The most memorable moment in my life as a teenager was the day I snooped through my Mother’s dresser drawer and found a dingy white baby book, the cover read Our First Baby. Eagerly, I opened it up and found it was for my birth.


Imogene and Barbara, circa 1962.

Written on the introduction page was my name, and my parents name. The pages were scant, lacking detail other than the names of the grandparents and date of birth. Typical, I thought, for my mother, a women of few words. And that was a source of contention between the two us – me being a girl of many words, writing my first mini novel at age 12. I had hoped for something…any written record or hint as to who she was – a girl of 19 having a baby. Finally, near the back of the book in a note section was a paragraph she jotted down while she was still pregnant. I read the few sentences over and over – (as if they might sprout and make more words when watered with tears…)

She wrote about how wonderful it was to have a baby growing inside of her, how she felt movement…it made her joyful. Those few sentiments did grow – inside of me. To have evidence – some tangible proof that you were wanted, loved  even before anyone set eyes on you…before you were known to the world. When God states that He knew Jeremiah (1:5) before he formed him in his mother’s womb – there tends to be a sense in which we all desire to be known. It was a divine secret – just between Mom and I.

It impacted me so much that early in my marriage – before I had children of my own – I wrote a tribute to my mom called My Mother, Myself. Dennis Rainey published portions of it in his book The Tribute. I gave it to her just months before her sudden, unexpected death at 49. In it, I reflected on how unfairly I had treated her. It read in part:

As a married woman, I understand my mother more all the time. For in almost every action, both good and bad, I see where I am much like her. I hope I have the good natured concern for others that she had. I wish I could  meet my husband’s needs the way she did dads by having dinner on the table every night at 5. I hope I will be waiting for my children each afternoon when they get home from school, the way she did.

I understand now some of my mother’s frustrations with her family. Trying to comprehend the needs and wants of a strong-willed daughter is something I pray I never face. But if I do, it would serve me right.

I feel my mother’s hurts too. They say that unresolved pain, resentment, regrets are carried down from generation to generation. Now that I am married I have begun to see her side of the story and I am ashamed at the guilt I must have heaped upon her when I reminded her of how perfect my father was and how deficient she was…and yes, I was THAT kind of daughter. She suffered in silence. But my Dad didn’t let the slights of rebellion and disrespect go unchallenged. I spent a lot of time being disciplined by him (never her)…and for that I blamed her. So again, if my own children grow up to unfairly resent me, well I deserve that to.

My mother understood when I decided to leave home to live in a foreign country or when I made another state my permanent home. She never said anything, just cried and waved good bye – I didn’t care, so if my children are far-flung with little thought for my angst at their being gone – well then, what comes around goes around.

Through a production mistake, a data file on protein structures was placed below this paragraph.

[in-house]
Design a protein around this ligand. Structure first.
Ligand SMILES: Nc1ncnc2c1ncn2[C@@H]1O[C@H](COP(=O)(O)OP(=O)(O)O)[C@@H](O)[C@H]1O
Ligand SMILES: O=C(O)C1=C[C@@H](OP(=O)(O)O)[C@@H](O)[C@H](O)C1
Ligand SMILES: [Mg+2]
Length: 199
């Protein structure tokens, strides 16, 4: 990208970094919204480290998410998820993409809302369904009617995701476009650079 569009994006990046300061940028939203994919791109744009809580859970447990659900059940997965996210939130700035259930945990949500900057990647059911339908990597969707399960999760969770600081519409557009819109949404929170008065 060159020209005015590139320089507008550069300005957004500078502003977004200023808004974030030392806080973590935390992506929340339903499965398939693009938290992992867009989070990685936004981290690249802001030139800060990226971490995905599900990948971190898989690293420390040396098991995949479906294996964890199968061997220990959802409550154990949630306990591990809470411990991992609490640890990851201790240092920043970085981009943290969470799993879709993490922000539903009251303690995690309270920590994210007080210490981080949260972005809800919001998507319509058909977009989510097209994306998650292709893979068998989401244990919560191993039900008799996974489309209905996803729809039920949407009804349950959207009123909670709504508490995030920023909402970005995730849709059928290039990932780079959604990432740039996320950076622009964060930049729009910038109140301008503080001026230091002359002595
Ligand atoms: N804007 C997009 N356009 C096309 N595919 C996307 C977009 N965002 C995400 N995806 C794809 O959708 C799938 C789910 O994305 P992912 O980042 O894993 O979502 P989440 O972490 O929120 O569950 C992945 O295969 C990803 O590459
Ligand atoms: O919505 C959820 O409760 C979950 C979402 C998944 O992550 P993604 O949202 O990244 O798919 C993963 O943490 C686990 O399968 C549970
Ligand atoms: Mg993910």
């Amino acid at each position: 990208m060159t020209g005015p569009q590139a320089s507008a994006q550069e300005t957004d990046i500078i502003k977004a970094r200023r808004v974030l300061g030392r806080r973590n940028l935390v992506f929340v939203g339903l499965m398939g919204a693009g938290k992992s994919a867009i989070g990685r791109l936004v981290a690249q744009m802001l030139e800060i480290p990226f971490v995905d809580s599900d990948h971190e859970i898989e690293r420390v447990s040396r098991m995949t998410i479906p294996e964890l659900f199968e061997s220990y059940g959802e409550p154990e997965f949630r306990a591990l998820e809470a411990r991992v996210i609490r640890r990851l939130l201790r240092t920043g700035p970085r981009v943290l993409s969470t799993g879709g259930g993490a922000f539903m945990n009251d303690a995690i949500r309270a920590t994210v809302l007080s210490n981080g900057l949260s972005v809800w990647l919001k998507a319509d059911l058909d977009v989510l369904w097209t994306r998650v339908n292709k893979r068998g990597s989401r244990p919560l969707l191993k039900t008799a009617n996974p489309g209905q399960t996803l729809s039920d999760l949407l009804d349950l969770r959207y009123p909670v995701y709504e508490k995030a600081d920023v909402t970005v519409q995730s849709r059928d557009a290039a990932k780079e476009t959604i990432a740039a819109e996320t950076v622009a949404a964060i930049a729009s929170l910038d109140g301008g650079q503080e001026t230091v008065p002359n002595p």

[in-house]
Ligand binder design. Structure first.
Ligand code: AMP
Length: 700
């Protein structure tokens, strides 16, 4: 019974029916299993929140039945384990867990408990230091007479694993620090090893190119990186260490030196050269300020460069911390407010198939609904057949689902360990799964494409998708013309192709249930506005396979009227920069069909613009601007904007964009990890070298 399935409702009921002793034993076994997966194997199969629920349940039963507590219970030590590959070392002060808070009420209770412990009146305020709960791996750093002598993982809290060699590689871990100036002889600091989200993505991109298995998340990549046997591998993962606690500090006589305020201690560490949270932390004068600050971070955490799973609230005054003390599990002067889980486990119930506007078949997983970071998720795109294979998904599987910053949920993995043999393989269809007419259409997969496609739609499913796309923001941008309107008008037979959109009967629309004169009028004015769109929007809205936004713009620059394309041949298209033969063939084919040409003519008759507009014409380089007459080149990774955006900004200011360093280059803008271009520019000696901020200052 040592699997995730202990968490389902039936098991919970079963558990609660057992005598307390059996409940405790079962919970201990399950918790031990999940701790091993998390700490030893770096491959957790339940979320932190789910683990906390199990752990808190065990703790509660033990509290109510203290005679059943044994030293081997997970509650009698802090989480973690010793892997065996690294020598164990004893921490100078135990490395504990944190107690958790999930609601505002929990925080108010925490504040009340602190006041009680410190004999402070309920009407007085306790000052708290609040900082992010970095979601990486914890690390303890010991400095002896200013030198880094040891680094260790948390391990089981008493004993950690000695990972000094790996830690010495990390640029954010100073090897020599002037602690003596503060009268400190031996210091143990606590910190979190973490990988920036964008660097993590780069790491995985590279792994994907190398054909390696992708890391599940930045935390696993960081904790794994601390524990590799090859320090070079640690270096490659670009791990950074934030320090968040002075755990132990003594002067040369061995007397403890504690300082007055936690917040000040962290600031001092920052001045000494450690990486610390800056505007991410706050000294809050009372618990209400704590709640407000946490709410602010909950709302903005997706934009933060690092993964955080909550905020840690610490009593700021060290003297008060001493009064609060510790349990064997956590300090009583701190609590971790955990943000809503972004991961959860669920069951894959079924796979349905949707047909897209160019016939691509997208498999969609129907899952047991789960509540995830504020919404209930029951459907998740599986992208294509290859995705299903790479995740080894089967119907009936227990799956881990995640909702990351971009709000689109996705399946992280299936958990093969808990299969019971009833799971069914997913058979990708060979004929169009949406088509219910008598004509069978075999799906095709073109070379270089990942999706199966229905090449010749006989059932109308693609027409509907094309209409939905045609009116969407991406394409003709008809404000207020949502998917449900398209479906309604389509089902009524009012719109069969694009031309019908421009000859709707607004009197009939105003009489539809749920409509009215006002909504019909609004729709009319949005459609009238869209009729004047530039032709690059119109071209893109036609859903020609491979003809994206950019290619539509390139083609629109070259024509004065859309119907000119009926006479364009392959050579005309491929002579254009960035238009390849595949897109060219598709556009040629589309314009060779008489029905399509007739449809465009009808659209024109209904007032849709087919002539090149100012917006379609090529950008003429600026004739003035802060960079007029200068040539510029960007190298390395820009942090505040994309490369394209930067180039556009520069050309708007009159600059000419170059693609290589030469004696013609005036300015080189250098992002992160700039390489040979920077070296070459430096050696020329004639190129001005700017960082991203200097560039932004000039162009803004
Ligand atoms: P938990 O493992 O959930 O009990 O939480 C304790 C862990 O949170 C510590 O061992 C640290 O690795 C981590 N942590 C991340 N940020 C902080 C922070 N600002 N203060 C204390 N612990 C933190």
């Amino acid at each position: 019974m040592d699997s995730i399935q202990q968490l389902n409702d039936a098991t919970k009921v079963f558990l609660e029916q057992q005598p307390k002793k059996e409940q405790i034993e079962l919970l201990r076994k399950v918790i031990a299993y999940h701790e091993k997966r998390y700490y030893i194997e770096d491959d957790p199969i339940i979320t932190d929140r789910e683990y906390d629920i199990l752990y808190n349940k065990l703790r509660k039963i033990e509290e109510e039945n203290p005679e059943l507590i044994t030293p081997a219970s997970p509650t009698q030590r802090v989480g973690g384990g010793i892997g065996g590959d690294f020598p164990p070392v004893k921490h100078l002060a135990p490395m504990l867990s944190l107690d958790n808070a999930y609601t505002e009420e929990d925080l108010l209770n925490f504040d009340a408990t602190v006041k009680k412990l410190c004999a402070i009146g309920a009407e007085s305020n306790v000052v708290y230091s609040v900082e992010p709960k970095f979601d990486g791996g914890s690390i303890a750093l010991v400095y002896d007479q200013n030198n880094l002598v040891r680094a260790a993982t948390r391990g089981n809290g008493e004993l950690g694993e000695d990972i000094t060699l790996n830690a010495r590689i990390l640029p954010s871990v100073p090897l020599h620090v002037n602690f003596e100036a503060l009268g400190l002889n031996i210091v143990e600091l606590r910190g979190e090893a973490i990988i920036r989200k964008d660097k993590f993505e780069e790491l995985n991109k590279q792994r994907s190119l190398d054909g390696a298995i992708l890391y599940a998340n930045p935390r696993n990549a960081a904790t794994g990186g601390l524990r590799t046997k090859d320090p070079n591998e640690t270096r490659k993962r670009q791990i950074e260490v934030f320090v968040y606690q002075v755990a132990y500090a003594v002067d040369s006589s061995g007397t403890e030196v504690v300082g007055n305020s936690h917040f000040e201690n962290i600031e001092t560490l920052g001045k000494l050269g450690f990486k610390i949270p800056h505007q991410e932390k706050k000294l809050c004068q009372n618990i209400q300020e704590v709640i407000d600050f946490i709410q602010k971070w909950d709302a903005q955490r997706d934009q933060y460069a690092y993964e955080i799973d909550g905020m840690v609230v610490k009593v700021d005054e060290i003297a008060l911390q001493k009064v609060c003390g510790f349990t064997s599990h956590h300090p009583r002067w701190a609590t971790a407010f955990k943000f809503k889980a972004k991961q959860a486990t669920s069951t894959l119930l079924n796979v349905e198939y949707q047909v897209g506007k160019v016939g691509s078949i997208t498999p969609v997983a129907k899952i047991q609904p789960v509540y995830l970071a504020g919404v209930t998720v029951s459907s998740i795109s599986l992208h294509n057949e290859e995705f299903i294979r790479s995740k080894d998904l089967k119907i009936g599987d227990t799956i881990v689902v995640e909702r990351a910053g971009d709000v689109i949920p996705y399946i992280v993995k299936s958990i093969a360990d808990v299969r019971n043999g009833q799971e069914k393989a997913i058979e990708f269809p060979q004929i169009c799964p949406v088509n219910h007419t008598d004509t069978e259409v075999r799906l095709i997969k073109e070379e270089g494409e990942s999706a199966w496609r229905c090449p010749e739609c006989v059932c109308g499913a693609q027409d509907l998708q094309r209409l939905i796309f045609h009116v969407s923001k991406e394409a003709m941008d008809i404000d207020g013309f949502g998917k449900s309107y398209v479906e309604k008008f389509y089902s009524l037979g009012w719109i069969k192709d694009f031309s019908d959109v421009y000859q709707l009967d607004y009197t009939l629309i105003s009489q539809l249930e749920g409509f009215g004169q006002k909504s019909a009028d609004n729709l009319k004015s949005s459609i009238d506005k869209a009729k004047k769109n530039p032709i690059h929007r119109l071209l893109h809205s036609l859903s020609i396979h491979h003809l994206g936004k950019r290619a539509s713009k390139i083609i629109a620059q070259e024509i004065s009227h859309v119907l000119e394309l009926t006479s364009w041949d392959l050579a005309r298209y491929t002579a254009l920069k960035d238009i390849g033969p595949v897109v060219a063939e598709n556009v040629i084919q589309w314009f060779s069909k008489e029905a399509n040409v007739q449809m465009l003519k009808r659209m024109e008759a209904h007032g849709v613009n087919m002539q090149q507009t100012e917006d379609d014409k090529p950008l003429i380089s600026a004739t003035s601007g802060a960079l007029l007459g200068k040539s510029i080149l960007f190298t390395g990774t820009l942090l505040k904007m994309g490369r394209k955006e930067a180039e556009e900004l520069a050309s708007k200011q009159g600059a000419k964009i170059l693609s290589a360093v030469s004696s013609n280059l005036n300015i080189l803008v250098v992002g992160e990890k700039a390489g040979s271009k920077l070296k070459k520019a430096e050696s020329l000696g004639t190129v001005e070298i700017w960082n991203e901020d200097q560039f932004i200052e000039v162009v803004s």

She was the happiest person at the news of my engagement. She welcomed and loved my husband from the beginning. She showed him off to everyone as her new son-in-law. Her nature is to care for him the way she does Dad. Having girls is hard…perhaps having boys would have been an easier road for her – they don’t need a lot of words – just a lot of fried potatoes and cherry pies with an occasional batch of chocolate chip cookies. Finally, she received some happiness – some reflection back to her that “you are a great mother!”  Too bad it wasn’t from me. We reap what we sow, – you get the gist.

For years and years after her death I could not think upon or allow myself to dwell upon the regrets. And – the regrets kept coming like tsunami’s in the midst of raising my own children. What is that saying about moccasins and walking a mile? There is a razor sharp pain in knowing you can never say you’re sorry. Unresolved guilt is the most sorrowful kind.

So, here I am and my children are in college. And oh how I got nothing of what I deserved! Yes, I did get the strong-willed child that challenges me to this day – but it is different in meaningful ways with a boy. There was mercy for an ungrateful teenage daughter that was too selfish to see her own flaws, and too eager to point out those of the woman closest to her.

Though God saw fit for grace on one hand – there is still the pain I live with every Mother’s Day in knowing that the first person to know me, the first person to feel me kicking, as if to say “hey, I’m alive!” – the first person that I ever brought joy … well, she is gone. She never saw me pregnant. She never met either of her grandsons. And with her leaving, so left the happiness of my boys knowing what it would be like tasting her fried potatoes, or pies, or chocolate chip cookies. How many times could they have found in her the unconditional love that a mother hones the second time around? How often could they have given her something that I withheld?

The ways and means that I have suffered or gotten my due are numerous, but never so much as I deserved. A sin against a mother seems the most egregious sort of sin…and I think rightfully so – for who, other than God, has known you from before the world knew you?

Thank your mom today and if you have any ought against her – make it right, because tomorrow is not promised to either of you. Moms are the most forgiving beings and rarely hold a grudge, their forgiveness is closely related to that of God’s love for us. Knowing this, is the only consolation I have held on to for the past 28 Mother’s Days.